Random Factoid #441

12 10 2010

I’ve seen lots of topics around gender pop up on the web over the past few days, so I’ve decided to dedicate two factoids to the issue.  Today’s focuses on the men; tomorrow, on the women.

Cinematical took a look at the MPAA’s sexism in evaluating nudity in movies.  Listen to this statistic:

Since 2006, 786 movies have been flagged for “nudity.”  Only three — all 2010 releases — have the warning of “male nudity”: Jackass 3DEat Pray Love, and Grown Ups. Zero in five years carry a “female nudity” red flag.

So why the discrimination against men?  Apparently it’s the legacy of “Bruno,” which angered quite a few parents.  I’ll admit that it was quite graphic (and a little bit more than I expected from an R), but I’m sure there are plenty of movies with graphic female nudity and we don’t see them getting descriptors added.  And for those wondering, “Bruno” was rated R for “pervasive strong and crude sexual content, graphic nudity and language.”

I don’t understand why male nudity is that much more taboo.  I saw “Eat Pray Love” and “Grown Ups,” and neither featured any sort of traumatizing images.  Both were just bare backsides, which can pass in PG movies.  The double standard seems quite strange.  Are we just protecting women from the indecency of seeing certain things?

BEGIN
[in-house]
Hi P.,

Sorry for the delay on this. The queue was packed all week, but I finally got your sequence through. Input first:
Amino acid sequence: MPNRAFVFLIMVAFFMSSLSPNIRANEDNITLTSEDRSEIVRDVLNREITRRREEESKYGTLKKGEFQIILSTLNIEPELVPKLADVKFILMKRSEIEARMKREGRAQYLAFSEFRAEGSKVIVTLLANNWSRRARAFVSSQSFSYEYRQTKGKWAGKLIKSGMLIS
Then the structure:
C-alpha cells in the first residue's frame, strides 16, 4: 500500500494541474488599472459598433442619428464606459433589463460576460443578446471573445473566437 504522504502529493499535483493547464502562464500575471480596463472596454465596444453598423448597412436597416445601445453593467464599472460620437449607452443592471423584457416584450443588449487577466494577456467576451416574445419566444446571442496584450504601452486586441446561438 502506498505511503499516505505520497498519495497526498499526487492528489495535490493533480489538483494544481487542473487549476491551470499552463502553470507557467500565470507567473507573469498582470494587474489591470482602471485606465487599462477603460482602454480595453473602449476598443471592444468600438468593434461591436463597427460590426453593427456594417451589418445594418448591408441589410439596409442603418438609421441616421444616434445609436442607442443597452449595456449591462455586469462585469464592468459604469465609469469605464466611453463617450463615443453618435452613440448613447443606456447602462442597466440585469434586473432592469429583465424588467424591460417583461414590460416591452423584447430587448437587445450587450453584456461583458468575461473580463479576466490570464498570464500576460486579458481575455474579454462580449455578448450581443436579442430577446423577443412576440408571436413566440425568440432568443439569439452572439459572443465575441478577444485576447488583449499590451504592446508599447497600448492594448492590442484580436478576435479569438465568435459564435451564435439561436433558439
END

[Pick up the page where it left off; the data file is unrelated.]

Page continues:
There’s only one fair way to do this: either the MPAA takes the unnecessary step of adding the gender of the naked person before each mention of nudity in a movie OR they just go back to saying “nudity” and leaving it at that.


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One response

14 10 2010
CMrok93

I agree, Bruno was totally out of control, especially with that swinger party, my jaw just dropped. I do think that when it comes to penis’ and vagina’s, the MPAA is so much more harsh, because that’s more traumatizing. But back-sides should get around to a PG to PG-13 rating, and boobs should get R, just to be safe.

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